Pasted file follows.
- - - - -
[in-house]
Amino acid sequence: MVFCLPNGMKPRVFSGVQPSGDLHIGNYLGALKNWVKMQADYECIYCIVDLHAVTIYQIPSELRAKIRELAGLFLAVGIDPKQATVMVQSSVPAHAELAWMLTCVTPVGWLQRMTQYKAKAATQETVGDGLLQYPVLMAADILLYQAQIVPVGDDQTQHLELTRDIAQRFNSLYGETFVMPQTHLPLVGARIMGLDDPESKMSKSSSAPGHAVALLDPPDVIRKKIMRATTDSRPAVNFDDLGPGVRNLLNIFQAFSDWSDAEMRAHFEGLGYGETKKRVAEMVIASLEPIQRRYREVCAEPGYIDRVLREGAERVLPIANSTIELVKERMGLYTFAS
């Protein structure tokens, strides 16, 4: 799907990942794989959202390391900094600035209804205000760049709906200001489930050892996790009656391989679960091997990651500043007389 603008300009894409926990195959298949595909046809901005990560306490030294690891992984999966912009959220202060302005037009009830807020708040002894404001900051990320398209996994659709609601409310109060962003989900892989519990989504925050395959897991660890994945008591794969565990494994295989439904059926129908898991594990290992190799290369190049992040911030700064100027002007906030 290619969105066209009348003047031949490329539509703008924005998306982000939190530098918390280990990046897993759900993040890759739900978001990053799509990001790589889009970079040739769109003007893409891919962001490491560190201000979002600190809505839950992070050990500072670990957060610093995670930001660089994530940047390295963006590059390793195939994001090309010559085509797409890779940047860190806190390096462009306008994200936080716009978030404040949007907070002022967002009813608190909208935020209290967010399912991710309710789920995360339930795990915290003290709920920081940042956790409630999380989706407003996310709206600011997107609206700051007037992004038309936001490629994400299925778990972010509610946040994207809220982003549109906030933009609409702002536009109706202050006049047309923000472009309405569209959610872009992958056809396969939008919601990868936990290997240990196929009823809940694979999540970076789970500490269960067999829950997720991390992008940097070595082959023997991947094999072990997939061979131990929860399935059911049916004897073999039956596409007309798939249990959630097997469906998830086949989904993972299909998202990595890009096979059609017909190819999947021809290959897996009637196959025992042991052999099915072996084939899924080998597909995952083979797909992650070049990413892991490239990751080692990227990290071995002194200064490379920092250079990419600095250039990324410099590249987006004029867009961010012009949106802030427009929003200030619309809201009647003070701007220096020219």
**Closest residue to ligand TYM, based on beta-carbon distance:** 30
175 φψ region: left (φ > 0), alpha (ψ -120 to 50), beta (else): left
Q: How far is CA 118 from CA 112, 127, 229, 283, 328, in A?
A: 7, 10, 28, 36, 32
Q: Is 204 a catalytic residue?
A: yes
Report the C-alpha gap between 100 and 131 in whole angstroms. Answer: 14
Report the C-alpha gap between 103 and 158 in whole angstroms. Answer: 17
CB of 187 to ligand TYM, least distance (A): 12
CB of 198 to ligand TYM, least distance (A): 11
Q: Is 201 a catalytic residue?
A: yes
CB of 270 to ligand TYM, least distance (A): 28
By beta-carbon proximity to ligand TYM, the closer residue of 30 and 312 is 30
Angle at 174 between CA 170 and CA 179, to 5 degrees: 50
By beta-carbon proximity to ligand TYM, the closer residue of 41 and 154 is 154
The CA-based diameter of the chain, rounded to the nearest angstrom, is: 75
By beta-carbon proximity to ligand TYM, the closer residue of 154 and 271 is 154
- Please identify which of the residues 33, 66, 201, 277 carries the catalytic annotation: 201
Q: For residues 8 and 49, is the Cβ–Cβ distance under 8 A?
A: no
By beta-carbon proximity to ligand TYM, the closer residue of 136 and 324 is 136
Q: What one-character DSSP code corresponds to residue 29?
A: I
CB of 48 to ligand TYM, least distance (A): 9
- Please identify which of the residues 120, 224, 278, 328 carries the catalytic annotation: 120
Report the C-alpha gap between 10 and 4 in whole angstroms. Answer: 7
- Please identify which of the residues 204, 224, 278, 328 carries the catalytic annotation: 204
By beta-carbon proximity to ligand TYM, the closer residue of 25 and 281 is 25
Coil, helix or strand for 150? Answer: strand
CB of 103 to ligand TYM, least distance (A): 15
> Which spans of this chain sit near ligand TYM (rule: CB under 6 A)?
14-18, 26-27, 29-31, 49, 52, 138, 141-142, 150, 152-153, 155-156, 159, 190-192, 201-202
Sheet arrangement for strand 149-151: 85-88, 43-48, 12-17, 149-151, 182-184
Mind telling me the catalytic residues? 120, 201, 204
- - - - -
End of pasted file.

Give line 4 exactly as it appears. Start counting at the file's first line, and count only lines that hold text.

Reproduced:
**Closest residue to ligand TYM, based on beta-carbon distance:** 30